Silent night? Well, a recent study shows that a night in London, where the noise from traffic reaches levels of more than 60 dB, leads to a 5% risk of getting a stroke among elders.
Other numbers are just as alarming. Researchers from the London School of Hygiene and Tropical Medicine in collaboration with Imperial College London and King’s College London, analyzed the results from a study covering over 8.6 million people during the years 2003-2010. People over 75 years of age, living in areas measuring above the 60 dB level, had a 9% increase in stroke cases, compared to elders living in neighborhoods with less noise. Younger adults suffered a 5% increase in the same type of risks.
A leading cause of stroke is hypertension, which in turn is linked to high blood pressure, where one of the major causes is stress in our day-to-day lives. Being exposed to high levels of traffic noise could certainly lead to higher levels of stress, although the researching team also take into account other factors that could lower the risks for stress and strokes.
Doctor Anna Hansell, co-author from the MRC-PHE Centre for Environment & Health at Imperial College London explains further: “From this type of study, we can’t tell for certain what the risks of noise are to an individual, but these are likely to be small in comparison with known risk factors for circulatory diseases like diet, smoking, lack of exercise, and medical conditions such as raised blood pressure and diabetes. However, our study does raise important questions about the potential health effects of noise in our cities that need further investigation.”
The World Health Organization, WHO, have defined levels above 55 dB from daytime traffic noise, as a point where people are exposed to health risks due to the noise. In London alone, more than 1.6 million people live with this type of stressful levels daily. Individual differences can certainly have an impact that lower or raise the risks, such as having your windows facing away from the noisy street, or the air pollution where you live and how much smoke from cigarettes you are exposed to daily.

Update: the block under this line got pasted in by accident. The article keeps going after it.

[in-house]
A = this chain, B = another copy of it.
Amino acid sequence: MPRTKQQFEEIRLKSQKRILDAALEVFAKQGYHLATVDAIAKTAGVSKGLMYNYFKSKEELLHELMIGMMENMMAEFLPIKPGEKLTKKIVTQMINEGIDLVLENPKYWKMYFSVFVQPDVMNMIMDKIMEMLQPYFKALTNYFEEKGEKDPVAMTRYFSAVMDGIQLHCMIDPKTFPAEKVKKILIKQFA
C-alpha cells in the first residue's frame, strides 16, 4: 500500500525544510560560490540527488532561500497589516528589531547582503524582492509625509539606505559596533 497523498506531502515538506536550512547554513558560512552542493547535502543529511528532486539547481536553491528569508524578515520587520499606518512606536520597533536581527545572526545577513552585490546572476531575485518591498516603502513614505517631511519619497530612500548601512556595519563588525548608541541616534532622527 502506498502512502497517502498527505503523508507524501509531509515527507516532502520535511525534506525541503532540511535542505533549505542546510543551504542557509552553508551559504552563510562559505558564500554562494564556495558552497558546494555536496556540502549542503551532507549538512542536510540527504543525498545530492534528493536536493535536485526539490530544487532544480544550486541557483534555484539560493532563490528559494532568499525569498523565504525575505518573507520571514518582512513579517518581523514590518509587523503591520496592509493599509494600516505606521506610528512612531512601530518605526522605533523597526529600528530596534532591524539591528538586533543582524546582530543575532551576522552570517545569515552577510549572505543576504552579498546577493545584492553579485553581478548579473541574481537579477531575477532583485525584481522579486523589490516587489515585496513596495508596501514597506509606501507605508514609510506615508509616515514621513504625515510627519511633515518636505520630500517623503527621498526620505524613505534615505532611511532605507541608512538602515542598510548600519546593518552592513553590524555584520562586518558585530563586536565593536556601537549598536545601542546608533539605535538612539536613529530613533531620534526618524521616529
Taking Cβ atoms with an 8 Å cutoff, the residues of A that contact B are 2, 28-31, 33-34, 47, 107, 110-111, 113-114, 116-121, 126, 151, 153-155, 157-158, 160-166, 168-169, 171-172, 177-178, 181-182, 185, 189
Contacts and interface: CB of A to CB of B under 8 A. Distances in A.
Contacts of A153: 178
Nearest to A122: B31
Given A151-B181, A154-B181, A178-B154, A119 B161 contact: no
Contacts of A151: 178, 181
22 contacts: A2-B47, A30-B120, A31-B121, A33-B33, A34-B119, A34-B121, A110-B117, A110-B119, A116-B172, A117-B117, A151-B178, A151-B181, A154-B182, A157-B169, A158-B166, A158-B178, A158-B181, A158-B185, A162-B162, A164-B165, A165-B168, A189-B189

The study backs up several other studies which have been linking a bit less serious health problems, such as sleep problems or increased blood pressure, to road traffic noise. However, lead author Doctor Jaana Halonen from the London School of Hygiene and Tropical Medicine, talks about the reasons for taking the results of the new findings as a big warning sign: “Road traffic noise has previously been associated with sleep problems and increased blood pressure, but our study is the first in the UK to show a link with deaths and strokes. This is the largest study of its kind to date, looking at everyone living inside the M25 over a seven-year period. Our findings contribute to the body of evidence suggesting reductions in traffic noise could be beneficial to our health.”
One would think that switching from conventional cars to electric ones would solve this problem of people facing the interrelated increased risk of death entirely. However, it is also well-known that the silent electric cars can create danger in themselves – people just don’t hear them coming around that corner.
This is taken seriously as well, and laws regulating the levels of noise allowed from new, conventional cars, are written at the same time as laws regulating how much noise has to be added to electric cars, just to warn people off in advance that one is closing in on them.
Image: Oran Viriyinci